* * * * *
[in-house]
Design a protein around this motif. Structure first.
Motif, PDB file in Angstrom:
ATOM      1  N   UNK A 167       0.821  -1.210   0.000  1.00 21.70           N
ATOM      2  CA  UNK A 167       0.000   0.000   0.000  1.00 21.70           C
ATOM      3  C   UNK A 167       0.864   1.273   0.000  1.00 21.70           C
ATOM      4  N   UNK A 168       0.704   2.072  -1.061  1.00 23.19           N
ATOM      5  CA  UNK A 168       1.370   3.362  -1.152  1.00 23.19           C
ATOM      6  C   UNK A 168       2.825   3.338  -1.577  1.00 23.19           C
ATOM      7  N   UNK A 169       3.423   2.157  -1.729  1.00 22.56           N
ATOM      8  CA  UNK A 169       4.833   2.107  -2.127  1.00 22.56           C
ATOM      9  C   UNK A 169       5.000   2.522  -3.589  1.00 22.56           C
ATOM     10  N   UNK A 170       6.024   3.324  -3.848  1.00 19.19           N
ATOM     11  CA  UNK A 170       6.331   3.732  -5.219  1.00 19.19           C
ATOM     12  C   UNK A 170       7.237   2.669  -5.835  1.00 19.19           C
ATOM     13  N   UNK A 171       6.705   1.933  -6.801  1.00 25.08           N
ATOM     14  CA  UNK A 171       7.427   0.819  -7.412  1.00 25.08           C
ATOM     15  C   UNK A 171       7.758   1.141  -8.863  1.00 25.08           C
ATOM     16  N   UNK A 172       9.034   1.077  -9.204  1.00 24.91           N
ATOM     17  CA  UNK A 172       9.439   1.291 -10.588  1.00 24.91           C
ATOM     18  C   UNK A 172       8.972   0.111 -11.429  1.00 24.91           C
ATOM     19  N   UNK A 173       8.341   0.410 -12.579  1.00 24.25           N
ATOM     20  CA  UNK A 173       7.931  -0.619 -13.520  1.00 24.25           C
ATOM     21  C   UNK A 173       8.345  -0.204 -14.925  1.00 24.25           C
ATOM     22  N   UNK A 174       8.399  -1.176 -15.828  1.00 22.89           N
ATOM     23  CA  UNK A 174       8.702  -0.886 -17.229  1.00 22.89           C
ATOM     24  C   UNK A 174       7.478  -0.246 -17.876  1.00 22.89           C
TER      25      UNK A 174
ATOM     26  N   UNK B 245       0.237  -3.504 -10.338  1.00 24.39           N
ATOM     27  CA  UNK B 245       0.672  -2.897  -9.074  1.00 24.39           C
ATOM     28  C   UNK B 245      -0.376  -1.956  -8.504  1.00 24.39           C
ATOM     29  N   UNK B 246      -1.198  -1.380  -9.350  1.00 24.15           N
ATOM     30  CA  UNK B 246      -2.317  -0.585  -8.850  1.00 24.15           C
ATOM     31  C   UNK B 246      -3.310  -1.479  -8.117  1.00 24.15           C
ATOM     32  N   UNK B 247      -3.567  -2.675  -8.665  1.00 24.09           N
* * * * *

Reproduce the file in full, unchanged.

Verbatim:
[in-house]
Design a protein around this motif. Structure first.
Motif, PDB file in Angstrom:
ATOM      1  N   UNK A 167       0.821  -1.210   0.000  1.00 21.70           N
ATOM      2  CA  UNK A 167       0.000   0.000   0.000  1.00 21.70           C
ATOM      3  C   UNK A 167       0.864   1.273   0.000  1.00 21.70           C
ATOM      4  N   UNK A 168       0.704   2.072  -1.061  1.00 23.19           N
ATOM      5  CA  UNK A 168       1.370   3.362  -1.152  1.00 23.19           C
ATOM      6  C   UNK A 168       2.825   3.338  -1.577  1.00 23.19           C
ATOM      7  N   UNK A 169       3.423   2.157  -1.729  1.00 22.56           N
ATOM      8  CA  UNK A 169       4.833   2.107  -2.127  1.00 22.56           C
ATOM      9  C   UNK A 169       5.000   2.522  -3.589  1.00 22.56           C
ATOM     10  N   UNK A 170       6.024   3.324  -3.848  1.00 19.19           N
ATOM     11  CA  UNK A 170       6.331   3.732  -5.219  1.00 19.19           C
ATOM     12  C   UNK A 170       7.237   2.669  -5.835  1.00 19.19           C
ATOM     13  N   UNK A 171       6.705   1.933  -6.801  1.00 25.08           N
ATOM     14  CA  UNK A 171       7.427   0.819  -7.412  1.00 25.08           C
ATOM     15  C   UNK A 171       7.758   1.141  -8.863  1.00 25.08           C
ATOM     16  N   UNK A 172       9.034   1.077  -9.204  1.00 24.91           N
ATOM     17  CA  UNK A 172       9.439   1.291 -10.588  1.00 24.91           C
ATOM     18  C   UNK A 172       8.972   0.111 -11.429  1.00 24.91           C
ATOM     19  N   UNK A 173       8.341   0.410 -12.579  1.00 24.25           N
ATOM     20  CA  UNK A 173       7.931  -0.619 -13.520  1.00 24.25           C
ATOM     21  C   UNK A 173       8.345  -0.204 -14.925  1.00 24.25           C
ATOM     22  N   UNK A 174       8.399  -1.176 -15.828  1.00 22.89           N
ATOM     23  CA  UNK A 174       8.702  -0.886 -17.229  1.00 22.89           C
ATOM     24  C   UNK A 174       7.478  -0.246 -17.876  1.00 22.89           C
TER      25      UNK A 174
ATOM     26  N   UNK B 245       0.237  -3.504 -10.338  1.00 24.39           N
ATOM     27  CA  UNK B 245       0.672  -2.897  -9.074  1.00 24.39           C
ATOM     28  C   UNK B 245      -0.376  -1.956  -8.504  1.00 24.39           C
ATOM     29  N   UNK B 246      -1.198  -1.380  -9.350  1.00 24.15           N
ATOM     30  CA  UNK B 246      -2.317  -0.585  -8.850  1.00 24.15           C
ATOM     31  C   UNK B 246      -3.310  -1.479  -8.117  1.00 24.15           C
ATOM     32  N   UNK B 247      -3.567  -2.675  -8.665  1.00 24.09           N